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Tales from Days Gone By

Behind the big themes, celebrated figures, and dry dates of history are the interesting stories of life in the past and ordinary people. Southeast Missouri has a varied and rich history that you often don’t hear about in history classes. Join Bill Eddleman of the State Historical Society of Missouri to hear about these stories with “Tales of Days Gone By.”

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  • Among the many useful inventions developed at the turn of the 20th Century was the adding machine. One of the most widely-used of these was invented in Missouri and initially manufactured in Poplar Bluff—the Dalton Adding Machine.
  • During the early years of the Third District Normal School (1876-1893), three educational leaders held the post of principal. The title was later changed to president.
  • A grave marker in the Mount Pleasant Methodist Church Cemetery, also called Campground or Camp Grayson Cemetery, in Perry County states, “IN MEMORY OF/BENNETT MURRAY/BORN FEB. 18. 1823/Captured and wounded/by the Confederates/OCT. 11. 1861./Recaptured by the/Guerillas and killed/JULY 3, 1864/AGED 41 Y. 4 M. 15 D.”
  • Zewapeta appears on maps in a location north of Commerce in Scott County, Missouri. Because Commerce is 39 and a half miles north of the mouth of the Ohio, and the locations on maps place Zewapeta at River Mile 41 or 42, the location is too far upstream for Hamtramck’s estimate. Nonetheless, it is only an estimate.
  • The chronic need for trained teachers in Missouri gave rise to the normal school movement. The movement gained momentum in the 1850s, was delayed by the Civil War, and came to the forefront thereafter. The state legislature created a third normal school district in Southeast Missouri in 1873 after establishment of the first two schools in Kirksville and Warrensburg.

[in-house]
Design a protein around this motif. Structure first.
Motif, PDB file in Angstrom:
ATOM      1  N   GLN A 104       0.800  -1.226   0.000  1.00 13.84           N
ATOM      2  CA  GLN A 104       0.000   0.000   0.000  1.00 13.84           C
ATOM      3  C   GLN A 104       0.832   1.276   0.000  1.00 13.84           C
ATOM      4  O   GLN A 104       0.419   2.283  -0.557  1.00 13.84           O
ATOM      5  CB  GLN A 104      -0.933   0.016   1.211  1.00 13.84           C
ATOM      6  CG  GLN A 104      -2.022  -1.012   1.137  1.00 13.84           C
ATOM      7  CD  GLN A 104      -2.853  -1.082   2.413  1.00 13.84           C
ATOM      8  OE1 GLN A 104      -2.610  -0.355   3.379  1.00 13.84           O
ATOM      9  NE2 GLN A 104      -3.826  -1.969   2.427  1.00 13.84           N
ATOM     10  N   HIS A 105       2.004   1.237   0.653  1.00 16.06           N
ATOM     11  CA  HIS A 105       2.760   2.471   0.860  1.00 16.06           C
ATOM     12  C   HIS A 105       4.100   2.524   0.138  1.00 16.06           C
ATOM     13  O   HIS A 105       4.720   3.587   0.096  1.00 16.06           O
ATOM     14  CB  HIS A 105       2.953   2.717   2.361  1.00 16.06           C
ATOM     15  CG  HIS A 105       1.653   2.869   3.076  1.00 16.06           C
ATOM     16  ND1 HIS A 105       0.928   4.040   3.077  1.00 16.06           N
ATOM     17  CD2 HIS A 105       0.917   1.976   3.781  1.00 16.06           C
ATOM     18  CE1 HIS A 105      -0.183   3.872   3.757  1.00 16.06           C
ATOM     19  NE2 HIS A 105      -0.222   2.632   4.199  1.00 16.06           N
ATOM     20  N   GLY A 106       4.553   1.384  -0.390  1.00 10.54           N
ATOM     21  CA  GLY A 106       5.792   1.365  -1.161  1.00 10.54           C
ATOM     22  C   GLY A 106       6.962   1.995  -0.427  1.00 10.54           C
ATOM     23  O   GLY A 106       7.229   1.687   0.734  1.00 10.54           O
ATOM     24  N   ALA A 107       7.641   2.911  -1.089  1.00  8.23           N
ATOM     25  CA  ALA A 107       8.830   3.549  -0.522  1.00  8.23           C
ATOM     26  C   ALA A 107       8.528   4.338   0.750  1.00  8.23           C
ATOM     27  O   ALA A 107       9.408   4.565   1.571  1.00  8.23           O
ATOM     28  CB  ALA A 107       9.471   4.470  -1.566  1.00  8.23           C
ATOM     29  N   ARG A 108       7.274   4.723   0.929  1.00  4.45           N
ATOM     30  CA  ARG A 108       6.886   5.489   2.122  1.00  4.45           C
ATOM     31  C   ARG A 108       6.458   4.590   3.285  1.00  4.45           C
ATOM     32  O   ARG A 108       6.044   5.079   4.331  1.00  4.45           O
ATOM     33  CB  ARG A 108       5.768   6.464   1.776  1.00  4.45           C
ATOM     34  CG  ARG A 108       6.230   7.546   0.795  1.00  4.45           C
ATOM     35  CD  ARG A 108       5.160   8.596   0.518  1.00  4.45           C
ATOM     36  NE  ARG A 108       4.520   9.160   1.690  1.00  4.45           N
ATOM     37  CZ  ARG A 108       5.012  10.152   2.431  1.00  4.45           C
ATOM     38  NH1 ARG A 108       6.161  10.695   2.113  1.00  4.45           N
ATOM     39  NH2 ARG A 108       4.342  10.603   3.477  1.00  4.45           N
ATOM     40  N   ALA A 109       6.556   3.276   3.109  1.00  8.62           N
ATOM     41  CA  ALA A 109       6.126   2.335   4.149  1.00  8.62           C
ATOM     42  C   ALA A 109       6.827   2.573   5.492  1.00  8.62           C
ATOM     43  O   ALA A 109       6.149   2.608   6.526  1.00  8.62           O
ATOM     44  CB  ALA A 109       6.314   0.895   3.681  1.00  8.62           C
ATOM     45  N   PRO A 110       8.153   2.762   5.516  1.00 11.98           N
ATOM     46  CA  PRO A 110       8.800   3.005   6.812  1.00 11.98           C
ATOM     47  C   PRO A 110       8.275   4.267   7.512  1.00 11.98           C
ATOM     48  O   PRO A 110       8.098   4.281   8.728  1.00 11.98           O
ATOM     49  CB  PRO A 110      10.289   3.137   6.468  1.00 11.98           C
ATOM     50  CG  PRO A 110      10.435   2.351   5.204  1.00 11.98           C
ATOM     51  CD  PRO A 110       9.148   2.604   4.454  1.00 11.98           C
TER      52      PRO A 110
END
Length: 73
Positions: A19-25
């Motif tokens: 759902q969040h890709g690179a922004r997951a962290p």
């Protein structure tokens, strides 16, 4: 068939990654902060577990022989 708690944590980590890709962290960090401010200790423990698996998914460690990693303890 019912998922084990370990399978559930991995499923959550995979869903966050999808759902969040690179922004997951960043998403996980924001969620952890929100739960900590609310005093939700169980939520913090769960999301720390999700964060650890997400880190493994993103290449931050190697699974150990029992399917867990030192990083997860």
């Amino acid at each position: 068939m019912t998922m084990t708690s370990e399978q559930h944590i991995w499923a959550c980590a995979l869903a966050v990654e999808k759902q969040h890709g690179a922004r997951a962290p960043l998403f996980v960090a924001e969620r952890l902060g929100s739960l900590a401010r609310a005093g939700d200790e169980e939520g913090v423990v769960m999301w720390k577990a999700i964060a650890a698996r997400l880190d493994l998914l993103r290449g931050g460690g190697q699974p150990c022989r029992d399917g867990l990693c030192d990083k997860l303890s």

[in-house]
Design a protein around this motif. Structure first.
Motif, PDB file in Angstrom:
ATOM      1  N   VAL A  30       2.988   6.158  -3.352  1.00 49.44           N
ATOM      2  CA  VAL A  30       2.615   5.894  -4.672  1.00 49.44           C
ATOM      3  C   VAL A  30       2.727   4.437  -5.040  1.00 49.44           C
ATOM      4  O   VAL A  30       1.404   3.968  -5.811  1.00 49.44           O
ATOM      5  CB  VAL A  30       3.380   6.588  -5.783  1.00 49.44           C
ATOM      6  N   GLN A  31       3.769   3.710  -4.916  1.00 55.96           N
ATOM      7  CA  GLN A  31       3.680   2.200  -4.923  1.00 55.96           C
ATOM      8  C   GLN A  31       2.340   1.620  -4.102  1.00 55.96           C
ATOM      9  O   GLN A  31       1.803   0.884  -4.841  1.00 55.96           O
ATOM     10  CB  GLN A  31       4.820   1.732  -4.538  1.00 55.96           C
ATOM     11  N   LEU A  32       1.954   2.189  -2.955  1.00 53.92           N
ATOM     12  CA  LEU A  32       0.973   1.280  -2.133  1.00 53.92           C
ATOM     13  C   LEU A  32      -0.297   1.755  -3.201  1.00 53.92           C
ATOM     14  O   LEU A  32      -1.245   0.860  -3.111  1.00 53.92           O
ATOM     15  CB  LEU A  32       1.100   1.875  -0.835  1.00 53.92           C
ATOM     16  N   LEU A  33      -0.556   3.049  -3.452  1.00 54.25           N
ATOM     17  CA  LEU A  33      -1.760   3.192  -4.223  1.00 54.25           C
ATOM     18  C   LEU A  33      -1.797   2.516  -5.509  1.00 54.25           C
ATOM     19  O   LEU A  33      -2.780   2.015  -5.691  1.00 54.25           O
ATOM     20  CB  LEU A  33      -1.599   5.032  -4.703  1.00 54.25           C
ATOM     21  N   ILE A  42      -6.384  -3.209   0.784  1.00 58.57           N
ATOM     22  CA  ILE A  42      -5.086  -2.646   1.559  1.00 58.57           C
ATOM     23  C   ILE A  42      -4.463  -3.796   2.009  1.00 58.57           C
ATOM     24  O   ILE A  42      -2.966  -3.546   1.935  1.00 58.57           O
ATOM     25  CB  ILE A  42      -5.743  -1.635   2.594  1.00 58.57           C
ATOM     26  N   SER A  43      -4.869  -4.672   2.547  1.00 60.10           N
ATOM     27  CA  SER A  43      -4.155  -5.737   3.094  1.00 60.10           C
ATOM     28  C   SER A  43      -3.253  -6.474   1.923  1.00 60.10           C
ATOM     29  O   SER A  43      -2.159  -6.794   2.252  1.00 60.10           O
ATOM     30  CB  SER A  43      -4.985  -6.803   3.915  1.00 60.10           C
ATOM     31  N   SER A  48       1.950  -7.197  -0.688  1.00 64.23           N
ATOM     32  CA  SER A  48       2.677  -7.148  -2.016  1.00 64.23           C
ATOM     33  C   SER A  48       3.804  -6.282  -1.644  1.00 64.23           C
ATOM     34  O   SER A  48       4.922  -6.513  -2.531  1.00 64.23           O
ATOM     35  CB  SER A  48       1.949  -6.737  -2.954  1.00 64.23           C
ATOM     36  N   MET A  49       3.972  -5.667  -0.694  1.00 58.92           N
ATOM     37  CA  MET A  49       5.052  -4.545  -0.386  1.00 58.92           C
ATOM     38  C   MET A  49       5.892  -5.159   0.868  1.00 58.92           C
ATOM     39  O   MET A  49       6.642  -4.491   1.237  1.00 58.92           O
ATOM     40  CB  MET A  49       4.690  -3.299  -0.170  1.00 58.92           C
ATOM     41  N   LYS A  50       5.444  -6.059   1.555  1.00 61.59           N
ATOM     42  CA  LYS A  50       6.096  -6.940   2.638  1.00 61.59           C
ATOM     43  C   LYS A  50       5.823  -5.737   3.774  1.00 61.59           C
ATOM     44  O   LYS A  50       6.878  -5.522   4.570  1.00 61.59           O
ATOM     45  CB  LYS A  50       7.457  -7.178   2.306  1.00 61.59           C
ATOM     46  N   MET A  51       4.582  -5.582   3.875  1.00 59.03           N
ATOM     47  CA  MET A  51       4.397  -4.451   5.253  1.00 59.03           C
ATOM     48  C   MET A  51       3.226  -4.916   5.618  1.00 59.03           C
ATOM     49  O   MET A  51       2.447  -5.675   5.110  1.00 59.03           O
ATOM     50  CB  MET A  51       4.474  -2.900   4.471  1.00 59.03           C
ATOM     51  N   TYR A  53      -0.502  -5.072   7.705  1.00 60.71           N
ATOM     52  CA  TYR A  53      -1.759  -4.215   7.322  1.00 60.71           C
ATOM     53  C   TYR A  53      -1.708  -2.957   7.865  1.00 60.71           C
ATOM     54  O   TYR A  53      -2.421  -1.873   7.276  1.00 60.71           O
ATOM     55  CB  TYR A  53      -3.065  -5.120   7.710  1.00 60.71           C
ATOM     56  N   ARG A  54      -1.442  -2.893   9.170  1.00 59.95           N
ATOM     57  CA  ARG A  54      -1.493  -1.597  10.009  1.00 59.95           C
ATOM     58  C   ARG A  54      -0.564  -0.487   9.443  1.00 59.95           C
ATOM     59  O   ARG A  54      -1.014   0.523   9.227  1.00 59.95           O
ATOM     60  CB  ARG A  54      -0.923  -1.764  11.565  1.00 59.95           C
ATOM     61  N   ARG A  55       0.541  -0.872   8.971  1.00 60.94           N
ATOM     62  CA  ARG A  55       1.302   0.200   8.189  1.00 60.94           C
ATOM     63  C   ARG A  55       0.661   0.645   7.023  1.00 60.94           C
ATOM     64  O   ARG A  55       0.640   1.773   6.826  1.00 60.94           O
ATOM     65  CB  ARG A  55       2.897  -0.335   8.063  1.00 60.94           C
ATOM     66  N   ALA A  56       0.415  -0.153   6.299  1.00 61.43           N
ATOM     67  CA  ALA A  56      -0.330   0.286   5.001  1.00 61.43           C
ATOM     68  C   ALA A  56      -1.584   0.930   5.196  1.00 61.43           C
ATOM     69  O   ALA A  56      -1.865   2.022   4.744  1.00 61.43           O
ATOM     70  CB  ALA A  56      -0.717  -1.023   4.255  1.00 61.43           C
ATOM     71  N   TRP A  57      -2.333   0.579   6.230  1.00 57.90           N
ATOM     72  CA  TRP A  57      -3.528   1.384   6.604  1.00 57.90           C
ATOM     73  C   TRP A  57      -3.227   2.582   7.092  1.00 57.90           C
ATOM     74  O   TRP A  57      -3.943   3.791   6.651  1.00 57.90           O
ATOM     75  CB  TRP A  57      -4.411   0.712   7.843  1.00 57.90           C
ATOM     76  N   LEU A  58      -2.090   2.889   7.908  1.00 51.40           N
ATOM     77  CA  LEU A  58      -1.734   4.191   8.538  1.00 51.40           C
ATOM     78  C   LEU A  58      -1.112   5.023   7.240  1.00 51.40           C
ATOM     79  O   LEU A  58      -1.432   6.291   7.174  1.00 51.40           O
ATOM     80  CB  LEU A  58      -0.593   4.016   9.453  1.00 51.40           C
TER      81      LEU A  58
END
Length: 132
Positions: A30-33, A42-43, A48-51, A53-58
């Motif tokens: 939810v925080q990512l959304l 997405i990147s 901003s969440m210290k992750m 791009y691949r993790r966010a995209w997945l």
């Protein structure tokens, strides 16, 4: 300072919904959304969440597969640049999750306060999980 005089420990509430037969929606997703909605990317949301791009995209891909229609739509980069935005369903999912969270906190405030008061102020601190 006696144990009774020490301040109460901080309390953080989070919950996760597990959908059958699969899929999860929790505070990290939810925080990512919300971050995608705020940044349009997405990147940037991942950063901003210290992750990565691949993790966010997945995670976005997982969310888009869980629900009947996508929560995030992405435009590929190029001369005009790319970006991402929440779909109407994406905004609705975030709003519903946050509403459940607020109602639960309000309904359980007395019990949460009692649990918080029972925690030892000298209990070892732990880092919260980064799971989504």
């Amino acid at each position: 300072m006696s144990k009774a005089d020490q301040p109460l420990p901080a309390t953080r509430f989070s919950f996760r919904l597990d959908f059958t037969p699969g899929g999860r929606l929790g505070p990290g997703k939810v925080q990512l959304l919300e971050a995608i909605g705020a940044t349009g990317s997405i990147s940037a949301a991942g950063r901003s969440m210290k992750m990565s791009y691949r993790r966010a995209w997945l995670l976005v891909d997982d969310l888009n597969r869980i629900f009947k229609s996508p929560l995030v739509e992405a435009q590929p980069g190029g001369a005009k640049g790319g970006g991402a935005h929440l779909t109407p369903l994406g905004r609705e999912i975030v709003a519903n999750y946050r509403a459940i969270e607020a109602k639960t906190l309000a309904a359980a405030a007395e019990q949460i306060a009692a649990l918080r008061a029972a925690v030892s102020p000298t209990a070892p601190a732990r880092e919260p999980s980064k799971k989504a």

• The story of transportation improvements in the mid-1800s until World War I is a story of railroads. Routing of railroads made the difference between prosperity if a line went through a town or stagnation if the railroad bypassed it. By 1900 electrified lines offered a new option that lacked smoke or diesel emissions and offered rapid acceleration, fast braking, and the ability to change direction without turning a locomotive around.
  • The Farm Security Administration, or FSA, proposed an experimental demonstration project to point families toward better farming methods in 1937—LaForge Farms.
  • Steamboats on Missouri rivers meant high profits because they moved more freight faster than the earlier pirogues, keel boats, and flat boats. Balanced against this lucrative trade was the capricious nature of river channels, with shifting channels, movement of silt and sand, and rapid variation in flow. Crumbling banks, fallen trees, or ice could sink boats in an instant.
  • The War of 1812 in Missouri bore little resemblance to the war most of us hear about in history classes. Most Missourians who served were frontier militiamen such as a young man from near Caledonia—George D. Strother.
  • Residents of parts of southeastern Missouri were shocked to hear of the actions of a criminal gang during the late spring and early summer of 1881. Four men who had met socially, Jesse Myers, Robert Rhodes, James Hamilton, and Frank Brown were the primary members.